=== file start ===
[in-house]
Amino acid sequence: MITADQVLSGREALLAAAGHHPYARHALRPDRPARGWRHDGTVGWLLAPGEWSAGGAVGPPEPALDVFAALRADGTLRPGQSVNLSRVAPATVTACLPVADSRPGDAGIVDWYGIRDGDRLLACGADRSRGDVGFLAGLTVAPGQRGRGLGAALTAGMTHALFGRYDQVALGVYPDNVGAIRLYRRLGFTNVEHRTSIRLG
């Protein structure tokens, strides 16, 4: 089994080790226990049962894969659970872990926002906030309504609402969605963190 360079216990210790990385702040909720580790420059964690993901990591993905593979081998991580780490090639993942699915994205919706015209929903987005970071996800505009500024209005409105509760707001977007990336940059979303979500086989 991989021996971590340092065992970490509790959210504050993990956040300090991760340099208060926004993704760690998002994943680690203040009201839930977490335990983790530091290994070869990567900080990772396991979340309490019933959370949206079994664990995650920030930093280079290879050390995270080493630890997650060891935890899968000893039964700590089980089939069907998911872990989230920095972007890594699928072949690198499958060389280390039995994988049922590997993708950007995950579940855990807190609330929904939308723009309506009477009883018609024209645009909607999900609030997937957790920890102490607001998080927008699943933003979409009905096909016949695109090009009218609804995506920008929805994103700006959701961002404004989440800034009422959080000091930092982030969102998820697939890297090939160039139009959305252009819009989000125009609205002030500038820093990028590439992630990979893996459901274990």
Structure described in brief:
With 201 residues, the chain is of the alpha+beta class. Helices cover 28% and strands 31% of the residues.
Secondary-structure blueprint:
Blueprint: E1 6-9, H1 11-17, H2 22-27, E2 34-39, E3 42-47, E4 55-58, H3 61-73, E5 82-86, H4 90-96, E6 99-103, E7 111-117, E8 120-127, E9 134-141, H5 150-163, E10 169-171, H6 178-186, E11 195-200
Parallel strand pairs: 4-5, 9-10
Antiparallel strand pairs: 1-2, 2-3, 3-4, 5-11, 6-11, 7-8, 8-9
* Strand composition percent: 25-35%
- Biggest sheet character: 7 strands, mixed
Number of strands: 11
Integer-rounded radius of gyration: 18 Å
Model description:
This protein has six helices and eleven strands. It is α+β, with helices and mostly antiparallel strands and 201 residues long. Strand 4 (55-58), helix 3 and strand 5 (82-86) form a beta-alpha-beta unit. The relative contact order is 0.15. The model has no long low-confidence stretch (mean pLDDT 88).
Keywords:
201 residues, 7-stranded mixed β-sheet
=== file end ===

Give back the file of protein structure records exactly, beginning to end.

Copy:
[in-house]
Amino acid sequence: MITADQVLSGREALLAAAGHHPYARHALRPDRPARGWRHDGTVGWLLAPGEWSAGGAVGPPEPALDVFAALRADGTLRPGQSVNLSRVAPATVTACLPVADSRPGDAGIVDWYGIRDGDRLLACGADRSRGDVGFLAGLTVAPGQRGRGLGAALTAGMTHALFGRYDQVALGVYPDNVGAIRLYRRLGFTNVEHRTSIRLG
């Protein structure tokens, strides 16, 4: 089994080790226990049962894969659970872990926002906030309504609402969605963190 360079216990210790990385702040909720580790420059964690993901990591993905593979081998991580780490090639993942699915994205919706015209929903987005970071996800505009500024209005409105509760707001977007990336940059979303979500086989 991989021996971590340092065992970490509790959210504050993990956040300090991760340099208060926004993704760690998002994943680690203040009201839930977490335990983790530091290994070869990567900080990772396991979340309490019933959370949206079994664990995650920030930093280079290879050390995270080493630890997650060891935890899968000893039964700590089980089939069907998911872990989230920095972007890594699928072949690198499958060389280390039995994988049922590997993708950007995950579940855990807190609330929904939308723009309506009477009883018609024209645009909607999900609030997937957790920890102490607001998080927008699943933003979409009905096909016949695109090009009218609804995506920008929805994103700006959701961002404004989440800034009422959080000091930092982030969102998820697939890297090939160039139009959305252009819009989000125009609205002030500038820093990028590439992630990979893996459901274990």
Structure described in brief:
With 201 residues, the chain is of the alpha+beta class. Helices cover 28% and strands 31% of the residues.
Secondary-structure blueprint:
Blueprint: E1 6-9, H1 11-17, H2 22-27, E2 34-39, E3 42-47, E4 55-58, H3 61-73, E5 82-86, H4 90-96, E6 99-103, E7 111-117, E8 120-127, E9 134-141, H5 150-163, E10 169-171, H6 178-186, E11 195-200
Parallel strand pairs: 4-5, 9-10
Antiparallel strand pairs: 1-2, 2-3, 3-4, 5-11, 6-11, 7-8, 8-9
* Strand composition percent: 25-35%
- Biggest sheet character: 7 strands, mixed
Number of strands: 11
Integer-rounded radius of gyration: 18 Å
Model description:
This protein has six helices and eleven strands. It is α+β, with helices and mostly antiparallel strands and 201 residues long. Strand 4 (55-58), helix 3 and strand 5 (82-86) form a beta-alpha-beta unit. The relative contact order is 0.15. The model has no long low-confidence stretch (mean pLDDT 88).
Keywords:
201 residues, 7-stranded mixed β-sheet